“Most assuredly, I say to you, he who hears My word and believes in Him who sent Me has everlasting life, and shall not come into judgment, but has passed from death into life.” (John 5:24)
In this story (John 5), the Jewish leaders are persecuting Jesus for healing a crippled man (vv. 16–23). They hated Him first of all because he had healed the man on the Sabbath (vv. 1–15).
These religious hypocrites cared nothing for the man who had suffered thirty-eight years of infirmity. All they cared for was the subjection of the people to their arbitrary rules and regulations. Sounds like some of our churches today, doesn’t it?
But secondly, they hated Him because He claimed equality with God (vv. 17–18). He spent some time speaking to them of His sympathy and union with the Father’s desire to save men from death and judgment and bring them into life. He concluded by saying that to receive the Son was to receive the Father, and to reject the Son was also to reject the Father (v. 23).
All of this leads to the conclusion in our key verse (v. 24), declaring that people’s response to Jesus is a matter of life and death, not just here and now, but eternally. Sin demands judgment from a holy God, and the only way to escape that judgment is by Jesus Christ bearing our judgment for us. That He has already done for the whole world.
“God was in Christ reconciling the world to Himself, not imputing their sins to them …for He [God the Father] made Him [Jesus Christ] to be sin for us, that we might become the righteousness of God in Him.” (2 Corinthians 5:19, 21)
But God will not impose deliverance on any man; each must choose to receive Christ in faith or to reject Him and face the final judgment (vv. 25–27). It will be Jesus Christ, the One who died for our sins, who will be the advocate and justifier of all who believe in Him, and He will be the judge of all who reject Him in unbelief.
In vv. 28–29, Jesus speaks of the resurrection unto life and the resurrection unto judgment. The determining factor, He says, is between “those who have done good … and those who have done evil.” A misreading of His meaning leads many to conclude that good deeds are what save us. Let us look into what Jesus considered a good work:
“Then they said to Him, ‘What shall we do, that we may work the works of God?’ Jesus answered and said to them, ‘This is the work of God, that you believe in Him whom He sent.’” (John 6:28–29)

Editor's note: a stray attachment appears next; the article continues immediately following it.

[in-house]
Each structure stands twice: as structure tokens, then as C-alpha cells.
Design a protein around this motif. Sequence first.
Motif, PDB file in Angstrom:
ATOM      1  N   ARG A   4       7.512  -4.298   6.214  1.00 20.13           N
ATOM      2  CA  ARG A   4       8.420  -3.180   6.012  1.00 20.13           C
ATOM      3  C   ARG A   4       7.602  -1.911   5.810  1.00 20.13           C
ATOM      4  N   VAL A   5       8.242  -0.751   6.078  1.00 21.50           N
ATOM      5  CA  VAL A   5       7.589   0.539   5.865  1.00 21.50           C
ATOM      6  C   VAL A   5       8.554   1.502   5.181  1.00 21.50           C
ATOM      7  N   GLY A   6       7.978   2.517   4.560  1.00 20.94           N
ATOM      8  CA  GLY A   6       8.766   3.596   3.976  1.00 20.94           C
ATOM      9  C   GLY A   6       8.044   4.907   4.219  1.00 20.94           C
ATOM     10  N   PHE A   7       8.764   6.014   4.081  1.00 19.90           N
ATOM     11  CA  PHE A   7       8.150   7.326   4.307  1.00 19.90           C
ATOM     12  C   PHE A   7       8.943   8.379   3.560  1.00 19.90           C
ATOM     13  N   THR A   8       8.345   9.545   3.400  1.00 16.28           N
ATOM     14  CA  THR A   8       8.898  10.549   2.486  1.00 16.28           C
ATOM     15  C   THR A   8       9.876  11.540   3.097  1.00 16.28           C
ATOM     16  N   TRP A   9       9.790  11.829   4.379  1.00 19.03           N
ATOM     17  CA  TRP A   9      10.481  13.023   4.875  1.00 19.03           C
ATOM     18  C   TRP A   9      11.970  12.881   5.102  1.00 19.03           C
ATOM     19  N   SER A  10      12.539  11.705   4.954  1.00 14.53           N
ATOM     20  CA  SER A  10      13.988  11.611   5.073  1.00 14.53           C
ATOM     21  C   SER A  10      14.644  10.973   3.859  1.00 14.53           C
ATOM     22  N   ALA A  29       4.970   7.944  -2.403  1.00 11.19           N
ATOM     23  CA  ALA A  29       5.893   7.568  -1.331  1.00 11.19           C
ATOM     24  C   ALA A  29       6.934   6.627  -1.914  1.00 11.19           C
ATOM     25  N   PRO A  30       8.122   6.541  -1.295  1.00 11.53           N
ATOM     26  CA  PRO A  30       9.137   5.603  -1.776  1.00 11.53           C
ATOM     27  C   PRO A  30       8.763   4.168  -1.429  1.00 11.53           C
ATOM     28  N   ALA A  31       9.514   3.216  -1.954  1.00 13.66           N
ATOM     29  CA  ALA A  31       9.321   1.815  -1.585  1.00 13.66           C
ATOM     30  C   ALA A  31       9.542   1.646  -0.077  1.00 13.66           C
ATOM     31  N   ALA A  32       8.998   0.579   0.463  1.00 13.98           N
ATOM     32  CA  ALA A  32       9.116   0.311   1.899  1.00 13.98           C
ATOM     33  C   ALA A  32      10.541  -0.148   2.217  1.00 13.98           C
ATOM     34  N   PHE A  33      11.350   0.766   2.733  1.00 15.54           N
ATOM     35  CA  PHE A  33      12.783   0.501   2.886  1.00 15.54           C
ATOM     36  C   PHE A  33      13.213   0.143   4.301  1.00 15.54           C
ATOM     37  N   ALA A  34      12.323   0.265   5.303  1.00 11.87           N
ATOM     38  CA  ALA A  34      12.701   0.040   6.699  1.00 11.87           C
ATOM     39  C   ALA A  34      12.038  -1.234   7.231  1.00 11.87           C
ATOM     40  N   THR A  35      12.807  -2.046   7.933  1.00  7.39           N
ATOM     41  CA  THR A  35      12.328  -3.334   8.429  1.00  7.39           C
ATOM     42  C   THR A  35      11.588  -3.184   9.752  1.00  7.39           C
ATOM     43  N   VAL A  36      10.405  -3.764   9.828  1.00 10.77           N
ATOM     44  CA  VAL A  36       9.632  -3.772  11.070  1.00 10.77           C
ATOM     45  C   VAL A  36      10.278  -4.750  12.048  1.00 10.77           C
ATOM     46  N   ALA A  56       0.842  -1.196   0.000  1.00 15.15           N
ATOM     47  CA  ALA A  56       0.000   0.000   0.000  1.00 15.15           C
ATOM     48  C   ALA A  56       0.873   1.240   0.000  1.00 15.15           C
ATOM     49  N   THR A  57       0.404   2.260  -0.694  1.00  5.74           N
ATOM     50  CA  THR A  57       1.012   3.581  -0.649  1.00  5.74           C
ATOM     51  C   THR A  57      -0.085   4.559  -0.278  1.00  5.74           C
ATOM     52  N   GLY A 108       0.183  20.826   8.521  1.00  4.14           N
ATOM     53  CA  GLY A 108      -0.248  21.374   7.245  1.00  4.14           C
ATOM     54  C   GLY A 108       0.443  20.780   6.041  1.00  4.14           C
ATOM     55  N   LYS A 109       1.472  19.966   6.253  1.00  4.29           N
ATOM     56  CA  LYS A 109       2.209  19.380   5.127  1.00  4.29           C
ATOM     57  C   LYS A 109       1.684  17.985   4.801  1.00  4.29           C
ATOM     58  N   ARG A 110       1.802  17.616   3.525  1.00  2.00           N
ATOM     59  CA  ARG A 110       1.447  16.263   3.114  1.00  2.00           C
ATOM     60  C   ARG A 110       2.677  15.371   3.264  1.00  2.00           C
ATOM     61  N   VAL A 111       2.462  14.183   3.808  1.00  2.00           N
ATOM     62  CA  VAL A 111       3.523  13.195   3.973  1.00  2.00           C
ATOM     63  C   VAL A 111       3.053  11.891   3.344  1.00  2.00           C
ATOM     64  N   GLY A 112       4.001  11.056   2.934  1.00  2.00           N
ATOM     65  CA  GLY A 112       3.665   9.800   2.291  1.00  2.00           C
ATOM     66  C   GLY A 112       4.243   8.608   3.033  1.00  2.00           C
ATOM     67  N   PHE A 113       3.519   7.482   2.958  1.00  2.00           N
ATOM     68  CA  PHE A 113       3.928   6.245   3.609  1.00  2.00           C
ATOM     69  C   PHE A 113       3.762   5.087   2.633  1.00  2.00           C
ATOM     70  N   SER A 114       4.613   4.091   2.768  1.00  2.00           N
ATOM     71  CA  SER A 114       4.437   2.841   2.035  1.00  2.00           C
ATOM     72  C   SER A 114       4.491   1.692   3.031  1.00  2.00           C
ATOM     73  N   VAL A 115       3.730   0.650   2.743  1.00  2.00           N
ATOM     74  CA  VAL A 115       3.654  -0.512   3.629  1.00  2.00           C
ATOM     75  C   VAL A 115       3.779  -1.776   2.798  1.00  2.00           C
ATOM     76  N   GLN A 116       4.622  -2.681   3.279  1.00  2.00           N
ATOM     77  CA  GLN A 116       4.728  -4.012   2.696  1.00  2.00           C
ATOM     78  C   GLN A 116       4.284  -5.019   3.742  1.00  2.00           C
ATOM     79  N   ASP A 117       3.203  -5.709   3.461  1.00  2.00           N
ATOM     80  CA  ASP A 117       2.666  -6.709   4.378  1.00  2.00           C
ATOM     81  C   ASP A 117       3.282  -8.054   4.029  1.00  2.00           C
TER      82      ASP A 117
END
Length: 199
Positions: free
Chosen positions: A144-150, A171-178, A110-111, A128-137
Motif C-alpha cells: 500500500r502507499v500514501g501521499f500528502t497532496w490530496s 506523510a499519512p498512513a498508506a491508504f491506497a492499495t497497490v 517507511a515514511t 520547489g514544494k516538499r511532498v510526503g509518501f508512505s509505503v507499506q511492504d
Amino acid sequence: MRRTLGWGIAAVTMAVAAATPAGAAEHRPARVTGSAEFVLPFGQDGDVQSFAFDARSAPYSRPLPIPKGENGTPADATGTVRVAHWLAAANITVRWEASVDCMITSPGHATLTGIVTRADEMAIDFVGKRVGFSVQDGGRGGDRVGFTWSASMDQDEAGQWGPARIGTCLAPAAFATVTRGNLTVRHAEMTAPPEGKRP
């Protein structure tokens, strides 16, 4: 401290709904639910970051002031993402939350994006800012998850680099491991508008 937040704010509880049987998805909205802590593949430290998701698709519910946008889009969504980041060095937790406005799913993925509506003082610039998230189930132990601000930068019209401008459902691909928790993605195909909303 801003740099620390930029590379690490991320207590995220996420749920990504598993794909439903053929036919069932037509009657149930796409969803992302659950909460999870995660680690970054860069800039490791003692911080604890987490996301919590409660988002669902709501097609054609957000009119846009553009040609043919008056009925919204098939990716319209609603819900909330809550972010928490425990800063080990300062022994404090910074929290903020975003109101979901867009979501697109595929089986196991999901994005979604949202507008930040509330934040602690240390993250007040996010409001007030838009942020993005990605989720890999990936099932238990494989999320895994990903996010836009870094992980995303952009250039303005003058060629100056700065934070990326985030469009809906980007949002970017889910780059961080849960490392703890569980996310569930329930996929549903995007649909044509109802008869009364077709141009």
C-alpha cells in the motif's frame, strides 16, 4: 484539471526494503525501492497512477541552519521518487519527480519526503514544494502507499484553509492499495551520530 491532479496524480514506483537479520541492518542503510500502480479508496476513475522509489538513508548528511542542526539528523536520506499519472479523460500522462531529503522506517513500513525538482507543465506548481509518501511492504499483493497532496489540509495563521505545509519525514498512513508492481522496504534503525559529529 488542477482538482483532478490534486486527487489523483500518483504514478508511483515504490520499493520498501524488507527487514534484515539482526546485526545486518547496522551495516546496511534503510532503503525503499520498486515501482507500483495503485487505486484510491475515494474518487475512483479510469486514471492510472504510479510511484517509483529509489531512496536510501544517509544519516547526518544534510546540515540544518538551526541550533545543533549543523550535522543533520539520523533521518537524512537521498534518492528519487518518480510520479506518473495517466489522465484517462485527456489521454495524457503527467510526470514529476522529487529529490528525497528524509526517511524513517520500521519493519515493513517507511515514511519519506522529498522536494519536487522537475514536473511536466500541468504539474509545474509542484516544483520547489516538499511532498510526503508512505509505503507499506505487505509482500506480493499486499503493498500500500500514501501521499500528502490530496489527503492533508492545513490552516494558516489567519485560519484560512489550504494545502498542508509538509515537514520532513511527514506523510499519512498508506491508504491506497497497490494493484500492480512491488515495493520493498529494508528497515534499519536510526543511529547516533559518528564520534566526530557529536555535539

The work here is not the act of believing, which is apart from works (Rom. 4:5; Eph. 2:9), but rather is done by “Him whom He sent.” Jesus Christ came into the world to die on the cross for the sins of mankind. In order to emphasize that this was the only work required, and that it was God—not man—who accomplished it, He then followed up with two amazing promises:
“I am the bread of life. He who comes to Me shall never hunger,
and he who believes in Me shall never thirst.” (John 6:35)
“All that the Father give Me will come to Me, and the one who comes to Me
I will by no means cast out.” (John 6:37)
“Assuredly, I say to you, unless you are converted and become as little children, you will by no means enter the kingdom of heaven.” Matthew 18:3
All little children begin the learning process in life the same way. They learn by faith. Because they know that they don’t know, they are humble. They have never seen an elephant, or a whale, but if you show them a picture book, they learn to identify whatever they are shown. If they are told, “This is an elephant,” they don’t argue and say, “No, I think that is a chicken.” They believe what they are told because it is in their child-like nature to trust.
Only as we grow do we begin to assume a level of knowledge, based on what we have learned by faith. As adults we turn more and more to reason (rationalism) and science (empiricism), where we learn by trial and error. Gradually, we begin to turn away from the faith we had as little children.
Here, Jesus is telling His disciples that they need to “turn around, go back” to being like little children. They need to come to Him in simple, child-like faith if they would enter into His heavenly kingdom. The same point was made on another occasion (Mark 10:13–16). When we return to the simplicity of child-like faith, we come to Jesus through His Word in humility. And Peter, the leader of the disciple band, assures us “God resists the proud, but gives grace to the humble” (1 Pet. 5:5b). It is time for us to turn back to the simplicity and humility of little children and hear the voice of our heavenly Father!